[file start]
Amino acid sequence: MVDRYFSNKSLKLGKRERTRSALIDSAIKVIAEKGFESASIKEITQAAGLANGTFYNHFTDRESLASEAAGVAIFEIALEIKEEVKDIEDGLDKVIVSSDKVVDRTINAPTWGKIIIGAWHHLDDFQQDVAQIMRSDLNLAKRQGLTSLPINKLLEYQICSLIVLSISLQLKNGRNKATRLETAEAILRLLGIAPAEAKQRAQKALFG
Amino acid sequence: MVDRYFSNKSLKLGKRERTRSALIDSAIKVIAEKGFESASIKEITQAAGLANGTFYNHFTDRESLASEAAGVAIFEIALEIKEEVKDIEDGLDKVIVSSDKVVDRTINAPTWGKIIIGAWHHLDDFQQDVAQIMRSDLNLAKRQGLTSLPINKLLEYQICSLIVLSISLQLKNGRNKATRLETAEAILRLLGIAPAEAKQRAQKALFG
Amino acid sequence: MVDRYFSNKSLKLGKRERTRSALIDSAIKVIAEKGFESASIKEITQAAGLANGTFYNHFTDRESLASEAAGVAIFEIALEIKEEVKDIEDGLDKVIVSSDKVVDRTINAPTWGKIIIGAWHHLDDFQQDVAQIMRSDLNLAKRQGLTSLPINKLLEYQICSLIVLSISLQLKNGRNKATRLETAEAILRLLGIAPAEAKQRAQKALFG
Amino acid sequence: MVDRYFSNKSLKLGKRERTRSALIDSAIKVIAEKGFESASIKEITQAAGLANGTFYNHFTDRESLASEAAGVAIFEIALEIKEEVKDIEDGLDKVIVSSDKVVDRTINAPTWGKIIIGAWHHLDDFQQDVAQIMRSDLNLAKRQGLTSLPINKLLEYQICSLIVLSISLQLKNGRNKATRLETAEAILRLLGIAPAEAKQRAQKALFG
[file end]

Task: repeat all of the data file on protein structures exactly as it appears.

Amino acid sequence: MVDRYFSNKSLKLGKRERTRSALIDSAIKVIAEKGFESASIKEITQAAGLANGTFYNHFTDRESLASEAAGVAIFEIALEIKEEVKDIEDGLDKVIVSSDKVVDRTINAPTWGKIIIGAWHHLDDFQQDVAQIMRSDLNLAKRQGLTSLPINKLLEYQICSLIVLSISLQLKNGRNKATRLETAEAILRLLGIAPAEAKQRAQKALFG
Amino acid sequence: MVDRYFSNKSLKLGKRERTRSALIDSAIKVIAEKGFESASIKEITQAAGLANGTFYNHFTDRESLASEAAGVAIFEIALEIKEEVKDIEDGLDKVIVSSDKVVDRTINAPTWGKIIIGAWHHLDDFQQDVAQIMRSDLNLAKRQGLTSLPINKLLEYQICSLIVLSISLQLKNGRNKATRLETAEAILRLLGIAPAEAKQRAQKALFG
Amino acid sequence: MVDRYFSNKSLKLGKRERTRSALIDSAIKVIAEKGFESASIKEITQAAGLANGTFYNHFTDRESLASEAAGVAIFEIALEIKEEVKDIEDGLDKVIVSSDKVVDRTINAPTWGKIIIGAWHHLDDFQQDVAQIMRSDLNLAKRQGLTSLPINKLLEYQICSLIVLSISLQLKNGRNKATRLETAEAILRLLGIAPAEAKQRAQKALFG
Amino acid sequence: MVDRYFSNKSLKLGKRERTRSALIDSAIKVIAEKGFESASIKEITQAAGLANGTFYNHFTDRESLASEAAGVAIFEIALEIKEEVKDIEDGLDKVIVSSDKVVDRTINAPTWGKIIIGAWHHLDDFQQDVAQIMRSDLNLAKRQGLTSLPINKLLEYQICSLIVLSISLQLKNGRNKATRLETAEAILRLLGIAPAEAKQRAQKALFG